ABA4EB8F-2C77-4A4D-97B5-B423E6DF4F80Emotionally I’ve been feeling quite heavy, sad and exhausted some of the time, very much realising how much I will be leaving behind in terms of good, deep friendships and working relationships which have taken a long time to build up – and aware also  that it feels easier  to be the one leaving than to be left behind. It has brought back some old feelings of guilt around hurting and upsetting people by leaving them, based on past painful experiences of leaving as well as being left. All fruitful albeit uncomfortable grist for the mill of practice. My continuing lack of patience in regard to all that has been humbling to notice – just wanting to close my eyes and get on with it, wanting to bypass this most challenging part of the process, the saying goodbye and acknowledging the loss involved. But like the young people I work with, I’m sticking with it, which feels good. And throughout the process it basically feels right – that sometimes something new and creative can only emerge by letting go ever so often of safe patterns and old securities. My Buddhist teaching has really kept me grounded this month, and I’m looking forward to my last West London stint next week, talking about the significance of the wrathful figures in the buddhist mandala – figures very much related to freeing ourselves from what has become limiting, constraining and unhelpful, to take the risk of venturing into the unknown.

It’s a full moon tonight, and exactly one more month to go. A month of shedding, clearing, packing – and proper goodbyes.

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One more year in the city 10: May

56B54269-9830-4373-92DA-2F2AB3F0166FThis month culminated in my spending the long Bank Holiday Weekend down in Penzance with my two Buddhist friends, to look for my first landing place down here. It was a really interesting and valuable process – what became clear through viewing the rooms – all perfectly beautiful, with very interesting and friendly landladies – was that I’m definitely at a stage in my life where I would feel a bit restricted in that kind of scenario, however nice the owner, gorgeous the garden or view out of the window. This realisation happened in tandem with my completely falling in love with a kind of stone tent annexe to a large house on the outskirts of town, with a roof terrace and garden, and overlooking a field with a horse in it, and tall trees in the distance. It’s completely quirky and unique, tiny inside, but perfectly formed. After viewing it on Friday, walking to it from the town centre on Saturday (20 minutes beautiful slight climb) and pondering it on Sunday, I went straight to the estate agent to apply for it this morning, and am now sitting by the sea before taking the train back ‘upcountry’ as they say round here, feeling nervous and trying not to get too attached to the idea of this particular landing-place just yet … I was the first applicant, out of many people having viewed it, and I made a good connection with the estate agent, who was interested in my being a buddhist, and told me he was just reading Eckhart Tolle’s ‘Power of Now’. So I’m keeping my fingers crossed now, and put it to the back of my mind, allowing the process to take its course – watch this space. I do have an exceptionally fortunate fallback landing place option of a whole little house in the ex-tin-mining town of Pendeen, which definitely helps keep down the stress levels!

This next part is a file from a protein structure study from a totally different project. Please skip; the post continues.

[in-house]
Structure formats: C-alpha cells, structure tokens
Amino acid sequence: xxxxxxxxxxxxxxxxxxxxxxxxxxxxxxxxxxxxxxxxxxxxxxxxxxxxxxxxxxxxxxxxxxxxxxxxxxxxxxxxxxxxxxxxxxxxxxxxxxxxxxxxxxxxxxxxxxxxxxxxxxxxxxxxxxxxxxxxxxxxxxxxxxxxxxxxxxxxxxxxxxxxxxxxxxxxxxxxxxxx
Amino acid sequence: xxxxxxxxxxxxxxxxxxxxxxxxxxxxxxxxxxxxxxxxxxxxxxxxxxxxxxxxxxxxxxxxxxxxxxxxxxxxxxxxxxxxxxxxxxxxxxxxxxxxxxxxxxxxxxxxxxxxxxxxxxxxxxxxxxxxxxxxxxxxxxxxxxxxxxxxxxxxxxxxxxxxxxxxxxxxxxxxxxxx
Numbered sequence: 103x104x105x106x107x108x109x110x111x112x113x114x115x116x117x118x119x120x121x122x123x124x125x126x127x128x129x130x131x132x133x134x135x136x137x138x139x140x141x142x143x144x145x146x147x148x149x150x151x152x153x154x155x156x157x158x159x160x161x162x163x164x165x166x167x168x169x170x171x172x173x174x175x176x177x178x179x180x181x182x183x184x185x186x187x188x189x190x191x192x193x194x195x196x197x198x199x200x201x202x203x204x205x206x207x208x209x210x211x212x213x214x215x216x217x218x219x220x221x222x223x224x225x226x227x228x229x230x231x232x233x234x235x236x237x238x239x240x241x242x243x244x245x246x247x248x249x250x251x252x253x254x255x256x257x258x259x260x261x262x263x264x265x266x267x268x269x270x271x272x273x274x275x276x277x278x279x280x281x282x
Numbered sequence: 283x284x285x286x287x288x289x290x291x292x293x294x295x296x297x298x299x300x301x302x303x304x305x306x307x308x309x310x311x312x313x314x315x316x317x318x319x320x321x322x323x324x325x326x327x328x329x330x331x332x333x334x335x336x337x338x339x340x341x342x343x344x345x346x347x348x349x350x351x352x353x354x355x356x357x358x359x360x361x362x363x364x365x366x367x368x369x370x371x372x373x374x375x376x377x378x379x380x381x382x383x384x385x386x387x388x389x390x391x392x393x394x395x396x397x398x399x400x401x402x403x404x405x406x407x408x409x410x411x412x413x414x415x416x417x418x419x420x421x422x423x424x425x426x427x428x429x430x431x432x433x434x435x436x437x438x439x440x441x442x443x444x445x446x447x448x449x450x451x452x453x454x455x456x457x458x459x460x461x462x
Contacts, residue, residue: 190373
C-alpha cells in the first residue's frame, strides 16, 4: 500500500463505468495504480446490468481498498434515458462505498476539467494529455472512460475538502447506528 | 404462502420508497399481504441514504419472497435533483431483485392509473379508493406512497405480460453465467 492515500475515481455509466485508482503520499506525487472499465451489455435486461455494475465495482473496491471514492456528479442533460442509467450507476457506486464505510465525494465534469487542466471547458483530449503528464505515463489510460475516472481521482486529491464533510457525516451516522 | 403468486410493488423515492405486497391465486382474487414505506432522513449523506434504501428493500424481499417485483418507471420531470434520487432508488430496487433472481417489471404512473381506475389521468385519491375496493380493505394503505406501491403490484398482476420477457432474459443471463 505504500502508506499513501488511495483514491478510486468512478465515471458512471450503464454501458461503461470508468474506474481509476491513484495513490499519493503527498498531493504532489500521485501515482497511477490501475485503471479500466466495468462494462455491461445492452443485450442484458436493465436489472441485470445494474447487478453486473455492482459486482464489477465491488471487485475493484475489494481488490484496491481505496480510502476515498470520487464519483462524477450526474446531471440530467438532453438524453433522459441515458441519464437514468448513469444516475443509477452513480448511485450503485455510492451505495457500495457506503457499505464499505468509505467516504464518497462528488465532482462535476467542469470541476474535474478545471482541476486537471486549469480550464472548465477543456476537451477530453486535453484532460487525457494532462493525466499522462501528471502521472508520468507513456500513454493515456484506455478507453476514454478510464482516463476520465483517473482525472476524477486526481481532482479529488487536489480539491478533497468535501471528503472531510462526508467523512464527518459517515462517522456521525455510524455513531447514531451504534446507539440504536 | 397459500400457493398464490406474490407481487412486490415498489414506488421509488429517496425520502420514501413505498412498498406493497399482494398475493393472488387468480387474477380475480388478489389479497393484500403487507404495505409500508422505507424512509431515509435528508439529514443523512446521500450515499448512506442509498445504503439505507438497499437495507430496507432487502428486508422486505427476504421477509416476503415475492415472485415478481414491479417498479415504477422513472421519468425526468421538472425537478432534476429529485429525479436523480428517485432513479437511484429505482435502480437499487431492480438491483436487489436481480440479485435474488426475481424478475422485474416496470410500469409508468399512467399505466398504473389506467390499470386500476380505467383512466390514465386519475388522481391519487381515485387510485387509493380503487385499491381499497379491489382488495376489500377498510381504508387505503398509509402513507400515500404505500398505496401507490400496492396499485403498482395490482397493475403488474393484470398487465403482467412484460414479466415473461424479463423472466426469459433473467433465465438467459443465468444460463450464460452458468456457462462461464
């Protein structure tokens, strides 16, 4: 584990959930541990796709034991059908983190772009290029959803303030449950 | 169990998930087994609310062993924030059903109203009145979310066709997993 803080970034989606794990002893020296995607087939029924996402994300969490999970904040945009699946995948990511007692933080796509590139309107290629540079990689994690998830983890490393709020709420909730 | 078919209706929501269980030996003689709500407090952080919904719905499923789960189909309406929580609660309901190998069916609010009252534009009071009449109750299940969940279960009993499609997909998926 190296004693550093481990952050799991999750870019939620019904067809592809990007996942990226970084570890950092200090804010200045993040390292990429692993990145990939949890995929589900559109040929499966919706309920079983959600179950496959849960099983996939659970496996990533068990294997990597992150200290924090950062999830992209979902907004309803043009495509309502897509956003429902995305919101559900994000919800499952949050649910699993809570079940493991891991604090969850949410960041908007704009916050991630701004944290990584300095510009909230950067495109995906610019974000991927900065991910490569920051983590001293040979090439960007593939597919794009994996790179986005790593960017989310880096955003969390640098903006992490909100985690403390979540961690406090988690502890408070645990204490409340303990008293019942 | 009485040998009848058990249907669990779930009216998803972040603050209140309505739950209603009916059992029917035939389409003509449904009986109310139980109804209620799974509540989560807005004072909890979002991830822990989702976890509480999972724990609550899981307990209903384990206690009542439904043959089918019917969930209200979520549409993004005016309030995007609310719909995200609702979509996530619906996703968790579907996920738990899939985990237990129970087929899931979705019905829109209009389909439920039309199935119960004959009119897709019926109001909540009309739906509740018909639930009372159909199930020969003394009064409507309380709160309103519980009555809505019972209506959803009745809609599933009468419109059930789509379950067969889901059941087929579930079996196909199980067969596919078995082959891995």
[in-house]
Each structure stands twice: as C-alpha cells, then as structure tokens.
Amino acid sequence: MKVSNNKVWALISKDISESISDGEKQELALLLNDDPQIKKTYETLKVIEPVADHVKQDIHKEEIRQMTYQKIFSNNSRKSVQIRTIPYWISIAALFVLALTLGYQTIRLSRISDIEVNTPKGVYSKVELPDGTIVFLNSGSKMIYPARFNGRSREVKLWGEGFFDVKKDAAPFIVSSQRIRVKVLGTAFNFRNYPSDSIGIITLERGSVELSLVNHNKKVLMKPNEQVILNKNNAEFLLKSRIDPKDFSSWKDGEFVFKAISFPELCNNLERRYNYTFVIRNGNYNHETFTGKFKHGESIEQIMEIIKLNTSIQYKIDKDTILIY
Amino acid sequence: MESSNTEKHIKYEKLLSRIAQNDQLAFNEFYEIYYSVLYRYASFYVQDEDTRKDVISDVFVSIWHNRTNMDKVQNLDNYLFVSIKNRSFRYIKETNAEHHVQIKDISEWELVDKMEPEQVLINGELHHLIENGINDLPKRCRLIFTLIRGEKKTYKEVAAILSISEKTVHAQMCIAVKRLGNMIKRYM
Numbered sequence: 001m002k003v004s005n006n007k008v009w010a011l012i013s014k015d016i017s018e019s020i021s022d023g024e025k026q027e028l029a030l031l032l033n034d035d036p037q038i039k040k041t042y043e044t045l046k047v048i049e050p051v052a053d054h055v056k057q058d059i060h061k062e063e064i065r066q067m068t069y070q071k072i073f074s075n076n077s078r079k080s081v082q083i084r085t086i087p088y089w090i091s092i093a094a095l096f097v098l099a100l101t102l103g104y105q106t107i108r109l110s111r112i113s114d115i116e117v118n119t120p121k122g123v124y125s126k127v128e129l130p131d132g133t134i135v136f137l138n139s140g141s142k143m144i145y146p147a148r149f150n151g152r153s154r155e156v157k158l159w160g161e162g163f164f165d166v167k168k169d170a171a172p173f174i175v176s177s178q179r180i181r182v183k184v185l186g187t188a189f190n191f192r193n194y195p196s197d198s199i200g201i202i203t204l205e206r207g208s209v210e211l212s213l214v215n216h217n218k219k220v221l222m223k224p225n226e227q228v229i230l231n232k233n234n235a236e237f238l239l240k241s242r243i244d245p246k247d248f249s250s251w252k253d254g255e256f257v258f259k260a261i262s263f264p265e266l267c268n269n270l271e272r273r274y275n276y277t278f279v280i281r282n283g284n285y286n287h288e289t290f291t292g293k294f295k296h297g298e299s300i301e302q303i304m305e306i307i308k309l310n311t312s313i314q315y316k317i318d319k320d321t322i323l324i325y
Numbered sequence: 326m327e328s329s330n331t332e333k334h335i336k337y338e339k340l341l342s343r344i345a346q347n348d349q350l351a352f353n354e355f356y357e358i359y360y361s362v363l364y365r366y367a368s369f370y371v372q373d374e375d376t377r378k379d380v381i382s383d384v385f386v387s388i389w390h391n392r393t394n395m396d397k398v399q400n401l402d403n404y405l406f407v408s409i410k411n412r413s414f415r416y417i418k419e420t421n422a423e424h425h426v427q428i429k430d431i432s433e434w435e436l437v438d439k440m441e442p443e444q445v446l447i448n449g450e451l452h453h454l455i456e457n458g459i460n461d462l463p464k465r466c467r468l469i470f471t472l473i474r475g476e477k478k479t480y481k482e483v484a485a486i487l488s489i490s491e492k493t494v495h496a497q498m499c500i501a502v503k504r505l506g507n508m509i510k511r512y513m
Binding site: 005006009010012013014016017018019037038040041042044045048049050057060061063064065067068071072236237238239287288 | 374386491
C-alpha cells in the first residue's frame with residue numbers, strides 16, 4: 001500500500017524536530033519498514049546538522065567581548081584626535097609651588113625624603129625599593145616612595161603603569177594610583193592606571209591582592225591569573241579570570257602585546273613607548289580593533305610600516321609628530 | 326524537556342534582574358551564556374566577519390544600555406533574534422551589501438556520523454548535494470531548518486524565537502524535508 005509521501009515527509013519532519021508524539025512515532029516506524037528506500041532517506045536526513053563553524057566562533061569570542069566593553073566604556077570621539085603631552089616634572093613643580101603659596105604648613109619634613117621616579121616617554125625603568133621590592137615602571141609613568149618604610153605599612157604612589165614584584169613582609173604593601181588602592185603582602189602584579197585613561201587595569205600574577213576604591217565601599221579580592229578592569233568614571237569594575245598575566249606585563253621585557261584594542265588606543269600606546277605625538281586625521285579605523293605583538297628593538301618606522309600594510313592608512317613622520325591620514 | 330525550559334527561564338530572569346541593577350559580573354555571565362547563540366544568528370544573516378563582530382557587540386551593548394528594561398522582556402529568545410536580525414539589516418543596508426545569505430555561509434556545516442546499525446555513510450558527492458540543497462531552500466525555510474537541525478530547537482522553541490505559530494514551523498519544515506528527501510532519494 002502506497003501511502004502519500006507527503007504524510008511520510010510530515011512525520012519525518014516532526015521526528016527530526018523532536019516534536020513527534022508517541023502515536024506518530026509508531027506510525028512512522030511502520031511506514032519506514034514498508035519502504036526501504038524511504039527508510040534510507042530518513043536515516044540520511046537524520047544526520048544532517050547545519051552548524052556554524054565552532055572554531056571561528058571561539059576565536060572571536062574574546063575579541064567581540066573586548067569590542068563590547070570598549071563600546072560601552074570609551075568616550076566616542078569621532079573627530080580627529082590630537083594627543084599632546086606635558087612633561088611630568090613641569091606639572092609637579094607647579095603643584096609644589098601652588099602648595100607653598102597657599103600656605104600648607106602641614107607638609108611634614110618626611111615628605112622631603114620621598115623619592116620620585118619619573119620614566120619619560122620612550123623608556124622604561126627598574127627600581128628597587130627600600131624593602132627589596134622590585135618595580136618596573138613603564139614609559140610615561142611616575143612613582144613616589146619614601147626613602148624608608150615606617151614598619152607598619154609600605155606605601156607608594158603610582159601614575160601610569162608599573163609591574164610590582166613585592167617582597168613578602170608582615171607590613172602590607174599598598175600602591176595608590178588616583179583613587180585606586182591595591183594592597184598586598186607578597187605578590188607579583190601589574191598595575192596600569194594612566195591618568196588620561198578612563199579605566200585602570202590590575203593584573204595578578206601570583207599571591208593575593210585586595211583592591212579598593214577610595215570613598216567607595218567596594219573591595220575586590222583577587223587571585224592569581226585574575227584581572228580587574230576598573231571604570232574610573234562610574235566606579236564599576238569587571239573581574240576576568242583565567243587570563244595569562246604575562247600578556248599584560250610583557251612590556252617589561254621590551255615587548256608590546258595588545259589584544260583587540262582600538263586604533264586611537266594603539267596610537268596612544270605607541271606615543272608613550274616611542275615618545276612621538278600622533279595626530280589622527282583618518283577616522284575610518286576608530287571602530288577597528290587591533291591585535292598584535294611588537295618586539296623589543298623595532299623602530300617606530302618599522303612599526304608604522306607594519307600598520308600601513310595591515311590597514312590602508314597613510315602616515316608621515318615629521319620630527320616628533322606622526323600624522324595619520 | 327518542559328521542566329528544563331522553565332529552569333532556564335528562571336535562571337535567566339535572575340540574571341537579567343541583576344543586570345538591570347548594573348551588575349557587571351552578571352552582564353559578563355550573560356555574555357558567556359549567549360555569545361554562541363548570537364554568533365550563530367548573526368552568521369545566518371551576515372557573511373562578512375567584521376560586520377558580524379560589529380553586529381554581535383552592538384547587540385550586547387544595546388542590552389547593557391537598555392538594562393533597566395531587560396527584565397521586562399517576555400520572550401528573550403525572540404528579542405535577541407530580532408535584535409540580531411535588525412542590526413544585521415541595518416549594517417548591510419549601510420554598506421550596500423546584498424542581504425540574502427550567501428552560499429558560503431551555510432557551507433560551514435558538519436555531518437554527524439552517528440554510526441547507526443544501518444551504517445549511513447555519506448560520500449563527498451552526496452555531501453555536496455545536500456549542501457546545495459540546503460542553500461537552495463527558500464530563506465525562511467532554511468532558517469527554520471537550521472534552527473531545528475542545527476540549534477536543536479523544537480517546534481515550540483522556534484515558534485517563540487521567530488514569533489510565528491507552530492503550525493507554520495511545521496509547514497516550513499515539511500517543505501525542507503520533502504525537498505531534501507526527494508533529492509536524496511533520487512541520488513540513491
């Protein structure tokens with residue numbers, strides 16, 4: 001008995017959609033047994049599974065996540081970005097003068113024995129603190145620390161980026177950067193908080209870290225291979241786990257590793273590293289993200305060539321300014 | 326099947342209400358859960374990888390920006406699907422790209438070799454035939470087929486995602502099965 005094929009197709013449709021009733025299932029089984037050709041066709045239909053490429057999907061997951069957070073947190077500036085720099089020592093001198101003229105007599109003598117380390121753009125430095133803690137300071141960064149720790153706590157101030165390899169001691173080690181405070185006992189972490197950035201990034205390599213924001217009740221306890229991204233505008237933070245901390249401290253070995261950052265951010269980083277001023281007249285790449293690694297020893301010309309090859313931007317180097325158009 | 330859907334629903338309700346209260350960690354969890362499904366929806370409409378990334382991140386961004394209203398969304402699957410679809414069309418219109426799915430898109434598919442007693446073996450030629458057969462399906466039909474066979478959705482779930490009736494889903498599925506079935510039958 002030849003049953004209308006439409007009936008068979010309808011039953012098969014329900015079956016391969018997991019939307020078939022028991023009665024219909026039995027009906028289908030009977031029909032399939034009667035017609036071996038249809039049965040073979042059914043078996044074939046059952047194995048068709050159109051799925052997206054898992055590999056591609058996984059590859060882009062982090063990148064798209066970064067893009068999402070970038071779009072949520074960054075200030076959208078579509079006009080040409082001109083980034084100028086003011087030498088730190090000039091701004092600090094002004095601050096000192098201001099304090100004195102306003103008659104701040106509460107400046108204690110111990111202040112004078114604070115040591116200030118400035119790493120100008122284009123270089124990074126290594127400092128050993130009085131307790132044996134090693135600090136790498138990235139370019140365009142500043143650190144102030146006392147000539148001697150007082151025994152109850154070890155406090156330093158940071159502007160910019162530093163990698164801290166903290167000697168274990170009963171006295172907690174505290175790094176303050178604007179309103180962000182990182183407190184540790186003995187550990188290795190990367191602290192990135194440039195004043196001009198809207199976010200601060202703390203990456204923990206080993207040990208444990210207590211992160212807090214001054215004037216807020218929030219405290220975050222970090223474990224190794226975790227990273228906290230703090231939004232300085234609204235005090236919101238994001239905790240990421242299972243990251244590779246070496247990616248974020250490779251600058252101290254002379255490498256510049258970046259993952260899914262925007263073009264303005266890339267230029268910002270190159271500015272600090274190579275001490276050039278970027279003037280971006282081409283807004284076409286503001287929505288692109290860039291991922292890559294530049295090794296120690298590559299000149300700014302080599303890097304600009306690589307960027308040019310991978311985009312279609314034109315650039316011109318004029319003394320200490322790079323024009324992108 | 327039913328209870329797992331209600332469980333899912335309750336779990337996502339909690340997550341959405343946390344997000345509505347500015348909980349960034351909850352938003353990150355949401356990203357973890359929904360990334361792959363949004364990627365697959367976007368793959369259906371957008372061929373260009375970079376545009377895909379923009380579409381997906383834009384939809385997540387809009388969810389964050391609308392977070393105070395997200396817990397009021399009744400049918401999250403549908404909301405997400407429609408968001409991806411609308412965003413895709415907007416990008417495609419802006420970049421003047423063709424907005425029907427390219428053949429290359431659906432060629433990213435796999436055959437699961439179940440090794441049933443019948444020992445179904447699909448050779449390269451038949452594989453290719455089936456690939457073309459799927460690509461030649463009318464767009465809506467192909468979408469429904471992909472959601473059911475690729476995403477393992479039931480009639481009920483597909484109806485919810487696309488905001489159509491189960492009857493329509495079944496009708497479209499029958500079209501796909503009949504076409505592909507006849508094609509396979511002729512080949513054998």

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The weekend also included a private view with exhilarating Linton Kwesi Johnson Poetry Reading at the Kurt Jackson Foundation in St. Just, and a Wesak meditation, shared lunch and silent coastal walk with a very interesting, eclectic group of local Buddhists who meet weekly in a nearby zendo-barn. In fact there was so much going on here culturally this weekend, we couldn’t begin to fit it all in! Most of all, it felt lovely to spend some time with both my friends down there, gradually beginning to get to know each other more closely. I could quite happily stay right now…but quite a few finishing touches still await attention in my various ‘up-country’- contexts first – so on to the last, two month London round of completing things well.